• Drought and the ongoing violent conflict in Somalia have pushed people across borders and into displacement camps in huge numbers. MSF is working inside Somalia and in Kenya and Ethiopia to assist people suffering in large numbers from malnourishment and epidemic diseases. Also—a look at a growing need for measles treatment and prevention.


MSF frequently publishes updates, press releases, and other forms of communication about its work in roughly 70 countries around the world. See the list below for the most recent updates or search by location, topic, or year.



October 07, 2015

From 2:08 a.m. until 3:15 a.m. on Saturday, October 3, the Doctors Without Borders/Médecins Sans Frontières (MSF) trauma hospital in Kunduz, Afghanistan, was hit by a series of aerial bombing raids at approximately 15-minute intervals. The main hospital building, which housed the intensive care unit, emergency rooms, and physiotherapy ward, was hit with precision, repeatedly, during each aerial raid, while surrounding buildings were left mostly untouched.

October 07, 2015

Speech delivered by Dr. Joanne Liu, Doctors Without Borders/Médecins Sans Frontières (MSF) International President

Palais des Nations, Geneva, Switzerland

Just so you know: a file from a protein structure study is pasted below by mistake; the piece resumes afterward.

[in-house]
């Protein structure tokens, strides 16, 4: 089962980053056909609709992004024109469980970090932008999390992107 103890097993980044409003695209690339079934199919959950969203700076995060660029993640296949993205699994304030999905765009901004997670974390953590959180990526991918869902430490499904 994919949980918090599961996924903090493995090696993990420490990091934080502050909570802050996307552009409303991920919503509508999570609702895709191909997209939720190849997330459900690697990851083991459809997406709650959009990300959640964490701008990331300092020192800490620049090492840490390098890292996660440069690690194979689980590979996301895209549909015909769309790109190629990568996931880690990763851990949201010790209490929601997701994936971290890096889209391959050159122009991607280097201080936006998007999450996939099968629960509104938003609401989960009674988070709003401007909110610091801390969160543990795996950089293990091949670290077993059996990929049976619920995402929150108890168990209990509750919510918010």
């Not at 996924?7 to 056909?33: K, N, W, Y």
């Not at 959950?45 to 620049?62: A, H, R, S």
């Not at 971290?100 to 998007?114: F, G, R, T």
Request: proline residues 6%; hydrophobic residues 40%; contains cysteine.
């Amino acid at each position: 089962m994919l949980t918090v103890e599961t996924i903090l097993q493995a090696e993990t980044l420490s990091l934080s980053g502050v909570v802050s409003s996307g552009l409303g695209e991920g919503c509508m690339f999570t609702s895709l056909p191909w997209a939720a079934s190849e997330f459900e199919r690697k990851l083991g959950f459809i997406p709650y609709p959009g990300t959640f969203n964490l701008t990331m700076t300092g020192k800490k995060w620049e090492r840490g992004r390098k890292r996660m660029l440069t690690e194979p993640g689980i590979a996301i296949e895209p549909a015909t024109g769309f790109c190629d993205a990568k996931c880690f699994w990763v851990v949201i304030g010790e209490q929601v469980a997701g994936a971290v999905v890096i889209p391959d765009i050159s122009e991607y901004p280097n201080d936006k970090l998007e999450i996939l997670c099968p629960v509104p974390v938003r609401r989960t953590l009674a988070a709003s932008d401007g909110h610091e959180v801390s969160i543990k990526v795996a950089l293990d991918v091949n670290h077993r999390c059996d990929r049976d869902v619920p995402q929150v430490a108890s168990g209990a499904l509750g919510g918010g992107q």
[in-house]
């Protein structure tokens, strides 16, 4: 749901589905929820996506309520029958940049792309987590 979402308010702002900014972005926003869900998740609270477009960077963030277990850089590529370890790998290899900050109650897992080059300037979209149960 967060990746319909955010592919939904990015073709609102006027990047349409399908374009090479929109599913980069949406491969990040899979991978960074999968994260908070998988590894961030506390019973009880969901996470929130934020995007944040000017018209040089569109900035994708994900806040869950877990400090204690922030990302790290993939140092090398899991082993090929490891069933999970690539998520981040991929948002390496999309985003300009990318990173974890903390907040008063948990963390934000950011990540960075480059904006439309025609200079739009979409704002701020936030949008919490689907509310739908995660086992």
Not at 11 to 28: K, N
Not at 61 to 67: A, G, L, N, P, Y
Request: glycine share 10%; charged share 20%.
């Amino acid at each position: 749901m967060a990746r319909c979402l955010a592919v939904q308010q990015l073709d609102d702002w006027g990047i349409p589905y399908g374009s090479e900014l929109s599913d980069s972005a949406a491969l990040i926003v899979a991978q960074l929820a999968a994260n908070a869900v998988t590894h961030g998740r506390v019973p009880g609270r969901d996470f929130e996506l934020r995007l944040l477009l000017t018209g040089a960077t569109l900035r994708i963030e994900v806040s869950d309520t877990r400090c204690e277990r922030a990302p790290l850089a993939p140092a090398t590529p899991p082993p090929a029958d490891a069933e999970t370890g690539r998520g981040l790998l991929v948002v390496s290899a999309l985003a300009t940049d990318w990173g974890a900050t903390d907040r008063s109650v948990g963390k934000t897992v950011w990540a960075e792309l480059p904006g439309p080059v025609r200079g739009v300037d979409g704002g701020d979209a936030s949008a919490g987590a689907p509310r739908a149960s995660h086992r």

On Saturday morning, MSF patients and staff killed in Kunduz joined the countless number of people who have been killed around the world in conflict zones and referred to as "collateral damage" or as an "inevitable consequence of war." International humanitarian law is not about "mistakes." It is about intention, facts, and why.

October 06, 2015

Statement by Dr Joanne Liu, President, MSF International

For four years, the MSF trauma center in Kunduz was the only facility of its kind in northeastern Afghanistan, offering essential medical and surgical care. On Saturday, October 3, this came to an end when the hospital was deliberately bombed. Twelve MSF staff and 10 patients, including three children, were killed, and 37 people were injured, including 19 members of the MSF team. The attack was unacceptable.